“…Children who are encouraged to take reasonable, safe risks – with the guidance and support of their parents as they leave their comfort zone – tend to grow in confidence, are willing to make mistakes and use each failure as an education.”
Richard Asa quoting parenting experts in Chicago Tribune, January 1, 2012.

Recently we were asked our view of allowing kids to take “reasonable, safe risks.”  It’s been our experience that the kids who were encouraged to “leave their comfort zone” found that they were able to accomplish things they never imagined. “Safe risks” that stretch kids can definitely build confidence.

Our three sons grew up in a small country church and attended a high school of fewer than 500 students.  In both of those settings, they were able to take “safe risks” when it came to being involved in music and in athletics.  We encouraged their involvement and did our best to model it ourselves.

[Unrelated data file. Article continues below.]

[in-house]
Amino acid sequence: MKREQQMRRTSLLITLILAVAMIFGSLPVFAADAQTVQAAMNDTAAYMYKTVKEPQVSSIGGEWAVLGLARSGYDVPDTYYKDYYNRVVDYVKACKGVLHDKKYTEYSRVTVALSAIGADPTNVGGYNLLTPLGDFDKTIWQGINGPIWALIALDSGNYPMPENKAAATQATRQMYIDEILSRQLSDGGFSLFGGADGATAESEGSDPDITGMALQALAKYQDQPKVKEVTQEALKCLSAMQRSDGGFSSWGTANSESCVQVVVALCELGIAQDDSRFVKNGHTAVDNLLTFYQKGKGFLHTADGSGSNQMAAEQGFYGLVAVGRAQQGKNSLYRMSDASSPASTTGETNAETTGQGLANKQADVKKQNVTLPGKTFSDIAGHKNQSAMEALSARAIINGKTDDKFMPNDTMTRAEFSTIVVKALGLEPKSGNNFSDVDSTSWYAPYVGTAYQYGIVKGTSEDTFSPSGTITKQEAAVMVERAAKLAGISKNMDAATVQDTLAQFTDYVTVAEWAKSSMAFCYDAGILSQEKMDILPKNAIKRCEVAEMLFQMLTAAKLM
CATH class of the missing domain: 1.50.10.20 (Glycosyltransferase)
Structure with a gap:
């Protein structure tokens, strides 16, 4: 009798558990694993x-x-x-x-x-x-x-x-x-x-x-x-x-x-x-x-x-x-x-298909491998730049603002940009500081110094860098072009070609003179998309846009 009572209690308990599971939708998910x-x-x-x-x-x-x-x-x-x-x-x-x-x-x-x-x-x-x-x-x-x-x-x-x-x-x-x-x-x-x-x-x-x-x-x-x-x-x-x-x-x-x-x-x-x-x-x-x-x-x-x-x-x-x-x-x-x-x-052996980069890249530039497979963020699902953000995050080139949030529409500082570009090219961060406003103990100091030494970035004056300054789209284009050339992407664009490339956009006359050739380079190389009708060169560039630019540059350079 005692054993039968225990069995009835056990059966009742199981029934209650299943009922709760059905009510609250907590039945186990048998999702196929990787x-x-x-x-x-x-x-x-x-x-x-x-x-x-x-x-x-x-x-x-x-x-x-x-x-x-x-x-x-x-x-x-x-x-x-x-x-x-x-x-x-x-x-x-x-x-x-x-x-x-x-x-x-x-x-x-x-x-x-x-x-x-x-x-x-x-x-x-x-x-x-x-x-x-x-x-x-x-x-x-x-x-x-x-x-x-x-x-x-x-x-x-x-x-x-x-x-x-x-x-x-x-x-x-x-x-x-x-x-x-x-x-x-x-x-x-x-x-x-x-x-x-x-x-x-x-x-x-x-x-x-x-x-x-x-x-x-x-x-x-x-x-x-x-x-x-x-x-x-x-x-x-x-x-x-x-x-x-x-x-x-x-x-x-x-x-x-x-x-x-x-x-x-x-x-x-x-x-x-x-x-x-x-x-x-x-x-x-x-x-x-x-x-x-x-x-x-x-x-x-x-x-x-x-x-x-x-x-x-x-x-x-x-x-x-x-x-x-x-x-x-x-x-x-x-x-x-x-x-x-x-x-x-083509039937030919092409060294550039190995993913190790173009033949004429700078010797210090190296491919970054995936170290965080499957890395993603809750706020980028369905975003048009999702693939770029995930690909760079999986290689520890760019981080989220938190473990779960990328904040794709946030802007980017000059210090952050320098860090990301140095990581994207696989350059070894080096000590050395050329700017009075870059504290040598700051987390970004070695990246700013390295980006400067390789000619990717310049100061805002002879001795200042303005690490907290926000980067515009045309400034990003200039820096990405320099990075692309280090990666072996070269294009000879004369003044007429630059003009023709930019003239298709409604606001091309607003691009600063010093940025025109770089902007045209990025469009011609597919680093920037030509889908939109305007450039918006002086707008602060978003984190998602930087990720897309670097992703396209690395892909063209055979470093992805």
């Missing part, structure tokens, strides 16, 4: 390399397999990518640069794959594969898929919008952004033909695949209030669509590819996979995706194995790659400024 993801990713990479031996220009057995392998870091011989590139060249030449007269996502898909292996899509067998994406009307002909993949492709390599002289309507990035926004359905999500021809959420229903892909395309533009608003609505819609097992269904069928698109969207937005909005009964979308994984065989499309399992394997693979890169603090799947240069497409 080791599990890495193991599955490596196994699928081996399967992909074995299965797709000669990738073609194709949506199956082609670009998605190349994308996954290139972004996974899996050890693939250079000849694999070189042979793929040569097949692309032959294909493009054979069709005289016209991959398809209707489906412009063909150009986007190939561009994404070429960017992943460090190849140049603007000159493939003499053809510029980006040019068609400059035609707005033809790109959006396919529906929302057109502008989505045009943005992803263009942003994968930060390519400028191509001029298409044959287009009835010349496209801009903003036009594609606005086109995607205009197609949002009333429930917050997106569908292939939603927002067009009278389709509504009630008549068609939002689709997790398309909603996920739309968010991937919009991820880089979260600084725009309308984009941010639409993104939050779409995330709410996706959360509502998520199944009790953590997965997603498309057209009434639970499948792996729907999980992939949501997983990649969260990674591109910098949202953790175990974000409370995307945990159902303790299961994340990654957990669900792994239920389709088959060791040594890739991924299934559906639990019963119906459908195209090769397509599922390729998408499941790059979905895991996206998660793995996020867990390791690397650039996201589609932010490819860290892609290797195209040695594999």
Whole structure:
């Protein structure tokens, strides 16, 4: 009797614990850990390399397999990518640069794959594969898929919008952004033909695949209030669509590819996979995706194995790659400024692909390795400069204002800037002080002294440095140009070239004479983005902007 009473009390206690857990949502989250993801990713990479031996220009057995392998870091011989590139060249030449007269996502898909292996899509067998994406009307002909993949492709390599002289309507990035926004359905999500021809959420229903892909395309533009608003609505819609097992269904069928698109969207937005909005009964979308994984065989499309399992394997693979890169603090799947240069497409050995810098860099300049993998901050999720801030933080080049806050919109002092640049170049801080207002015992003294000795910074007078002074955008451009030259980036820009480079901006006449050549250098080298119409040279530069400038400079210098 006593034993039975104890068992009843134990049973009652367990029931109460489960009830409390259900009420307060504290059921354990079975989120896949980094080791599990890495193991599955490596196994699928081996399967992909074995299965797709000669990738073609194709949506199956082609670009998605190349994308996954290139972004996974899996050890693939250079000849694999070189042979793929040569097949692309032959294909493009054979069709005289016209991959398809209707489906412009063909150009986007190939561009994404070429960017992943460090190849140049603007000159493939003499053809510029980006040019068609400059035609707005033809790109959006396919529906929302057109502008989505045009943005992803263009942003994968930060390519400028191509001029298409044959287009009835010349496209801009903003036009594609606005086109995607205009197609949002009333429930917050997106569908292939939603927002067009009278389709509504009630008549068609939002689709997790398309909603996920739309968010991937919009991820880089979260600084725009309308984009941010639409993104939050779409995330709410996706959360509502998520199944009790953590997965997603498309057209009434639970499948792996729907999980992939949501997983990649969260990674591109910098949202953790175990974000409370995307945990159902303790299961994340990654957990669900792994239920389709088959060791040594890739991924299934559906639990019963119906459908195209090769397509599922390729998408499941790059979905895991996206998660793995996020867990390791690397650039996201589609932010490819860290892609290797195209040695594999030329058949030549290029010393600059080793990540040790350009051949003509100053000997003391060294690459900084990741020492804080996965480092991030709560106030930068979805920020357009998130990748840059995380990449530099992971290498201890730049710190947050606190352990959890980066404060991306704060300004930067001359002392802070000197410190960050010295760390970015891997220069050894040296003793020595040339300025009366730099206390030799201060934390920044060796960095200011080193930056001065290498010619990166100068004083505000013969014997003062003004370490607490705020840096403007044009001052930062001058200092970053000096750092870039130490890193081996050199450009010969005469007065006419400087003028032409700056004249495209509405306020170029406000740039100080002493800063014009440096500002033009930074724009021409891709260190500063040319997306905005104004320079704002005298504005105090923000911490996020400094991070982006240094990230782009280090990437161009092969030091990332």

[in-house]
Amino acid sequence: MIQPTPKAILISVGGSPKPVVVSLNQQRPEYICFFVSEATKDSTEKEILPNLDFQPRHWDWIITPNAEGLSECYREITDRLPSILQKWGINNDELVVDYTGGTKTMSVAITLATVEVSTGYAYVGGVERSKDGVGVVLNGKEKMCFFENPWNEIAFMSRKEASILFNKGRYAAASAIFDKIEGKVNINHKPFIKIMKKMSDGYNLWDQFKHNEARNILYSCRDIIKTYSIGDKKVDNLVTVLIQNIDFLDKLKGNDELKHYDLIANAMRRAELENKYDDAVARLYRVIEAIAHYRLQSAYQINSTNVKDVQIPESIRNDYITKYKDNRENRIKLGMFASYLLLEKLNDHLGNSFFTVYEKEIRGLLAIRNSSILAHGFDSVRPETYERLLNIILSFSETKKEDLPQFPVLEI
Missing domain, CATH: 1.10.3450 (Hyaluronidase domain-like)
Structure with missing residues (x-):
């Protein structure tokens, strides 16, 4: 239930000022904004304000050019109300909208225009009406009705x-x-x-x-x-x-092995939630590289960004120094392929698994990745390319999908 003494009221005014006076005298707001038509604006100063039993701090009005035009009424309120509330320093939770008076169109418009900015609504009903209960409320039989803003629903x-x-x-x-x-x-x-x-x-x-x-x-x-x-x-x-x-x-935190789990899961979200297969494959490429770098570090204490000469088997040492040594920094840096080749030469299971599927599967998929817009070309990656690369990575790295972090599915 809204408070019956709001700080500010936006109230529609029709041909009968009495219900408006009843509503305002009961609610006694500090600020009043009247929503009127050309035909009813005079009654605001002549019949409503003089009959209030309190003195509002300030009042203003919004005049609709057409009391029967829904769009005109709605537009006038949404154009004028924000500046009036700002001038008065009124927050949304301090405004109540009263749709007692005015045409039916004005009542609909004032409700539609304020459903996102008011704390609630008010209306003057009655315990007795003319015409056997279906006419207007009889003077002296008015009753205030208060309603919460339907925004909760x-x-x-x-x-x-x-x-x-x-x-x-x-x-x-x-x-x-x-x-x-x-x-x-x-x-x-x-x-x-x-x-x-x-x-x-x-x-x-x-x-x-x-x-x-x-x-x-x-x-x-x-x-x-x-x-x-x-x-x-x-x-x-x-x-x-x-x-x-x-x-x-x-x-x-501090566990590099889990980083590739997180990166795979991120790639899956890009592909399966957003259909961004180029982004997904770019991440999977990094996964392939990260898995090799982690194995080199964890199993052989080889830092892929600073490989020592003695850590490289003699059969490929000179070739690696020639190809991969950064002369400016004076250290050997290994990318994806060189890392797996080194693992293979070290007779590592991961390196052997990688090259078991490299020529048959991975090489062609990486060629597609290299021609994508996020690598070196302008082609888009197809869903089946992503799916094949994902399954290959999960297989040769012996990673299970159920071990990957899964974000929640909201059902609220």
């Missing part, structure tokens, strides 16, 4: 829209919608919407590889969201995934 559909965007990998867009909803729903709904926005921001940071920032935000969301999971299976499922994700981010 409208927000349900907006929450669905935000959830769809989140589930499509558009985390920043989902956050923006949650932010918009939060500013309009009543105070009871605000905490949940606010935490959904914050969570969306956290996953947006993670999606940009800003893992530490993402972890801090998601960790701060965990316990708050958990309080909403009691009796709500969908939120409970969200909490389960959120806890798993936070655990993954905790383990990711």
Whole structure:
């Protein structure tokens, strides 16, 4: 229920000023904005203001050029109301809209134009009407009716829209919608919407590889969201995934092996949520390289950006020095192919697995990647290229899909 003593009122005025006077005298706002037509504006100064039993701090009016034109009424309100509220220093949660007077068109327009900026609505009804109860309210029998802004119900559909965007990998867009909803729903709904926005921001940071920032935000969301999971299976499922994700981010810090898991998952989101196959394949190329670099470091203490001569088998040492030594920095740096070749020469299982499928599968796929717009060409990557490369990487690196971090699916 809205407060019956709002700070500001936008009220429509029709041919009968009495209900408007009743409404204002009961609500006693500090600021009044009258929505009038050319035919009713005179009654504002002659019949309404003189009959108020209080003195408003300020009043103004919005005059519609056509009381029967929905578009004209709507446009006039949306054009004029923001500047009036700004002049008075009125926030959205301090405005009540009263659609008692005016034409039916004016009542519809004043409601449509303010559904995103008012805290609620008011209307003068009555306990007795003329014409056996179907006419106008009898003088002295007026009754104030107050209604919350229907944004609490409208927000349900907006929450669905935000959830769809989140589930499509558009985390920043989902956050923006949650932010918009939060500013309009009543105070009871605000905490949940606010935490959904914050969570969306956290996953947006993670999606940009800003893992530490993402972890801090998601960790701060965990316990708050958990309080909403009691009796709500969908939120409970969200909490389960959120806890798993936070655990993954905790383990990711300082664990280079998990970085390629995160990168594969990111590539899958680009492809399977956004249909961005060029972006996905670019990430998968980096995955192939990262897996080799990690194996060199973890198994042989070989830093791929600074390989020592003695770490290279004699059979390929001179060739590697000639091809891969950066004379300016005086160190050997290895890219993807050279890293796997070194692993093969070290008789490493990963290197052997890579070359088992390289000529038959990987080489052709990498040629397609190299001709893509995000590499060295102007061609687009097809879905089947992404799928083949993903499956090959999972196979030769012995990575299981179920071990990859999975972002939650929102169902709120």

Beyond that, parents can take opportunities to share examples of bravery and initiative.  Show your kids examples of these attributes and dialog about safe risks and rewards.  Perhaps the biggest detriment to building confidence is to over-indulge or over-protect.  This parental behavior does not promote positive risk-taking.

When you’re considering these safe risks, look at your child’s personality.  What appeals to your child?  Remember your goal is to “stretch” your child and not to break them. For kids who are fearful or extremely cautious, keep the challenges non-threatening such as participating in a class activity or performance, not assuming the lead role.  For the daredevil child, provide more structure and limits.  Either way, encourage those reasonable, safe risks.

Do you have an example of a “safe risk” you encouraged?

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